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How to Spot and Avoid Phishing Emails

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How to Spot and Avoid Phishing Emails
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The Internet has many things to offer, but when it comes to online activity, opportunity and safety must be considered together.

Fortunately, a little awareness and education can go a long way to keep secure in the digital world.

For example, one of the security threats you could experience online is phishing. Phishing is the practice of sending emails that falsely claim to be from reputable companies or individuals to influence others to reveal personal information, such as passwords and credit card numbers. A phishing email tries to bait you into sending personal information or clicking a link that will allow hackers to install software on your computer.

Odds are that someone you know has received or been affected by a phishing email. According to cyber security company, Barkly, 30% of phishing emails are opened. But just because you receive a phishing email, doesn’t mean you have to fall for the scam. If you are savvy about your email use, most phishing threats can be easily avoided.

Signs to look for

Many phishing emails have telltale signs that can make them easier to spot and avoid. If you find one of these examples in an email, you should delete it and go straight to the “source.” If the email appears to be from the bank, for example, call your local branch or the person or company who supposedly wrote the email. If they aren’t aware of it, alert them to the fraudulent emails impersonating their account.

Here are some of the signs to look for and avoid in your emails:

Spelling errors:  Look for misspellings, slight differences, or odd capitalizations in the email address or author. If you receive an email from “FaceBook” for example, or “Shapchat,” it is likely not from the company and should be deleted.

Link addresses:  A favorite tactic among hackers is to place a link (often a button or text that is highlighted in a separate text color and underlined) within an email that, when clicked, will install malware. Malware is software that installs a malicious code on your computer. The malware may then access your personal information on your device and send it to third parties.

There are several different types of malware, but two of the most common are viruses and spyware. Both can be installed by clicking a link, and both can allow outside parties to access private information on your computer.

To avoid these types of malware, scroll over all links in an email before clicking them. If the link address at the bottom left corner of your screen does not match up with website that you’re supposed to be visiting, don’t click on the link. This is especially important if the address ends with .exe, as clicking a link with an .exe file could automatically download software onto your computer.

Suspicious author or addressee: If the sender of the email has spelled your name wrong or addressed you anonymously, (like “friend” or “customer”) use a healthy dose of skepticism when reading. This may mean that the sender has incomplete information about you. You don’t want to unwittingly give out more information. Also use caution when opening and sending chain emails from many people you don’t know. These emails can allow hackers to spread malware or spam to wide groups of people.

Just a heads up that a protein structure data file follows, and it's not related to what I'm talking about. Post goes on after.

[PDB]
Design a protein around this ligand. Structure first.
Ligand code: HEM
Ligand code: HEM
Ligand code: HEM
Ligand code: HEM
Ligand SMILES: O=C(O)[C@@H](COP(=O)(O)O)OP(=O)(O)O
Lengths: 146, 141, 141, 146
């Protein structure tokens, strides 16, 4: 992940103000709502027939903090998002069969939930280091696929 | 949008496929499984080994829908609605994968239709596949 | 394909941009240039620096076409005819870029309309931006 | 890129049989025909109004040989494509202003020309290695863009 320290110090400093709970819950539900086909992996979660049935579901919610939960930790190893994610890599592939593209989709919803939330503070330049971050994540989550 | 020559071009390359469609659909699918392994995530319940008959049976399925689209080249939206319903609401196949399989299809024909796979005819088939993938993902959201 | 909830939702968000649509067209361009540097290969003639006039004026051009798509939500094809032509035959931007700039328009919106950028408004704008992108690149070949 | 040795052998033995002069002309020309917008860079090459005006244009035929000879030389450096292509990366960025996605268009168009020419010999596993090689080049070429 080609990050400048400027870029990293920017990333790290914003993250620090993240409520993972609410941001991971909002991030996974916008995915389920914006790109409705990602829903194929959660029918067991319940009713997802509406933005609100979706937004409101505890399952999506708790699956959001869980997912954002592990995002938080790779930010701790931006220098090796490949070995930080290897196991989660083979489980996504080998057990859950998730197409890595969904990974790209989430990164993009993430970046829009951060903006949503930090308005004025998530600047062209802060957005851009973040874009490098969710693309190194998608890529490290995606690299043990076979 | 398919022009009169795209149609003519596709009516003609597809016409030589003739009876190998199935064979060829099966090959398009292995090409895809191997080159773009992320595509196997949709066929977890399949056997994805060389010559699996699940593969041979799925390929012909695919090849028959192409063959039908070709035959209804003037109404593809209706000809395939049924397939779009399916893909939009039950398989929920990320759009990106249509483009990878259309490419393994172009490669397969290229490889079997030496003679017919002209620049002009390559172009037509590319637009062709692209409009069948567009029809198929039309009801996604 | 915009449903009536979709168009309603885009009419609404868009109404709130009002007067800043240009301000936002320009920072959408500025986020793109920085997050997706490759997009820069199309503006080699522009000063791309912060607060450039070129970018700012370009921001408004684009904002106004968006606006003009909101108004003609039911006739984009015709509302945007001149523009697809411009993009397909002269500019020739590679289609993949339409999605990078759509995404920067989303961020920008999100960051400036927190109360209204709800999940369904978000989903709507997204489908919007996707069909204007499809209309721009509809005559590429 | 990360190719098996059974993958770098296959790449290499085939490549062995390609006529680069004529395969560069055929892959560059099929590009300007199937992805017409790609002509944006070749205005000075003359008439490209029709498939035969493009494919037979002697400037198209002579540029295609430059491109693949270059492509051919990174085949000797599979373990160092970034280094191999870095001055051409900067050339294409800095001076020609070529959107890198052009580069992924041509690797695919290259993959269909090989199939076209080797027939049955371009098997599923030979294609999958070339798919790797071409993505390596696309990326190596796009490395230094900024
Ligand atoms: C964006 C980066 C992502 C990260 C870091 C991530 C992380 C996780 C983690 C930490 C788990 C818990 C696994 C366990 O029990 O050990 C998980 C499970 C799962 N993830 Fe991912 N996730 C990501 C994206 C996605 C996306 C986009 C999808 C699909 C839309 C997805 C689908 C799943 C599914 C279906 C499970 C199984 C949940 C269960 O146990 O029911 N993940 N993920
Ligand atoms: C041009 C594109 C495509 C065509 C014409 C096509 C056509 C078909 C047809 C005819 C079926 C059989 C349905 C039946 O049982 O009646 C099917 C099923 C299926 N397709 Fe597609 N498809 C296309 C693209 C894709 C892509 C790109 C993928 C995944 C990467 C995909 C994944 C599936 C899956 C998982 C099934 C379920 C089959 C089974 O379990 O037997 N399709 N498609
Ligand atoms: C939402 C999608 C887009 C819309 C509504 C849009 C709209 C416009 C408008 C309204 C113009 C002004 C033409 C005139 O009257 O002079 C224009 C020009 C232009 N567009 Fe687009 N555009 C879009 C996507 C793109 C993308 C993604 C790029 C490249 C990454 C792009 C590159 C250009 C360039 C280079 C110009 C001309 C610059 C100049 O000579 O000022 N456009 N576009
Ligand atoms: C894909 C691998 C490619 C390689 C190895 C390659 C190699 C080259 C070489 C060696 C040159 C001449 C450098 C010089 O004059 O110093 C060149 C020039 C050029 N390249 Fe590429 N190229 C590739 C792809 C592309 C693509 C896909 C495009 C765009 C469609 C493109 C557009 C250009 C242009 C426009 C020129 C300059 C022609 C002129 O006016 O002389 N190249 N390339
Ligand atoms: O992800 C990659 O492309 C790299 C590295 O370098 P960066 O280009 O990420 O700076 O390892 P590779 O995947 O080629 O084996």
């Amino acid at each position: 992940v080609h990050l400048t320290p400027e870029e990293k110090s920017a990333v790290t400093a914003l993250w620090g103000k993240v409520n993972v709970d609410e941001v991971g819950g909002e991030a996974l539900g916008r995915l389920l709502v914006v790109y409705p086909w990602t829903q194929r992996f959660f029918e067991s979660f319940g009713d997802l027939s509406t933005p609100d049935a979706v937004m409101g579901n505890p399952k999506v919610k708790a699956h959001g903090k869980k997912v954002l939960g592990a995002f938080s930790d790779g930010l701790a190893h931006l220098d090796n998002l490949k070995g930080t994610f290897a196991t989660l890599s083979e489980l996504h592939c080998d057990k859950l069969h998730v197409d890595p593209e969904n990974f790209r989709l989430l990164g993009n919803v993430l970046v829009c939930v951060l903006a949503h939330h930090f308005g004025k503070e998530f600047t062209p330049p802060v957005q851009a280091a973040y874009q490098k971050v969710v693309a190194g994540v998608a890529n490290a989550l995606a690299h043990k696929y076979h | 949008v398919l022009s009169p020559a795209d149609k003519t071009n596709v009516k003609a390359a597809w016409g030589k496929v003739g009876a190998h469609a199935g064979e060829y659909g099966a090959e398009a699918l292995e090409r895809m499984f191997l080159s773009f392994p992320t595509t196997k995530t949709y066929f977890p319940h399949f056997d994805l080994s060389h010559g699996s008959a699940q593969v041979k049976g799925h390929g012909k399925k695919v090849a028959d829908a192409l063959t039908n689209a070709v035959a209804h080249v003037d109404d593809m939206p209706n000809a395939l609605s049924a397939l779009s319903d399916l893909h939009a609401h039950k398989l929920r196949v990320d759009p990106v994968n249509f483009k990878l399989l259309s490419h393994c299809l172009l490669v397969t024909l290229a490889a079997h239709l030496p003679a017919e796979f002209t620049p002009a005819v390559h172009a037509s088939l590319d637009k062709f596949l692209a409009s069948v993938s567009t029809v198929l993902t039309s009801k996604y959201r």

An emotional appeal:  Some emails use emotional appeals to try to get the receiver to do something quickly. Rushing your decision-making process may lead to clicking on a bad link. These could be anything from emails pretending to be from the IRS threatening to sue if you don’t pay a large sum or from “Facebook” stating it will shut down your account if you don’t provide user login information. Always check that the source of the email in legitimate

What to do

After deleting an email that is suspicious, you can take steps to ensure that you and others like you are better protected in the future.  

  • Report scams to the Federal Trade Commission (FTC):  Just because you avoid clicking any malware links, doesn’t mean others who receive the same email will. Forward phishing emails to the FTC so that they can take over the investigation and can better protect others in the future.
  • Install anti-phishing apps or extensions:  There are many free technologies that can block unwanted messages and pop-ups and alert you when something on a website or in an email is suspicious. For example, you can use Bitdefender TrafficLight on many browsers or download the Anti-phishing & Authenticity Checker for Chrome, for example.
  • Monitor and secure online accounts:  By checking your online accounts frequently, you can catch any suspicious activity. In addition, you should change passwords regularly, so you’re not putting your online information at risk.
  • Keep software and operating systems up to-date:  Malware frequently attacks vulnerabilities that have already been identified and fixed by updates from the software company. To protect yourself, install all patches and updates when they become available. Keeping your applications, software, browsers, and operating systems up to-date is one of the most effective steps in maintaining cyber security on your computer.

Though phishing emails and other types of spam may always exist on the Internet, the harm they cause can be easily avoided with the right amount of vigilance. Arm yourself with the knowledge and power to determine which emails are real and which are fake.

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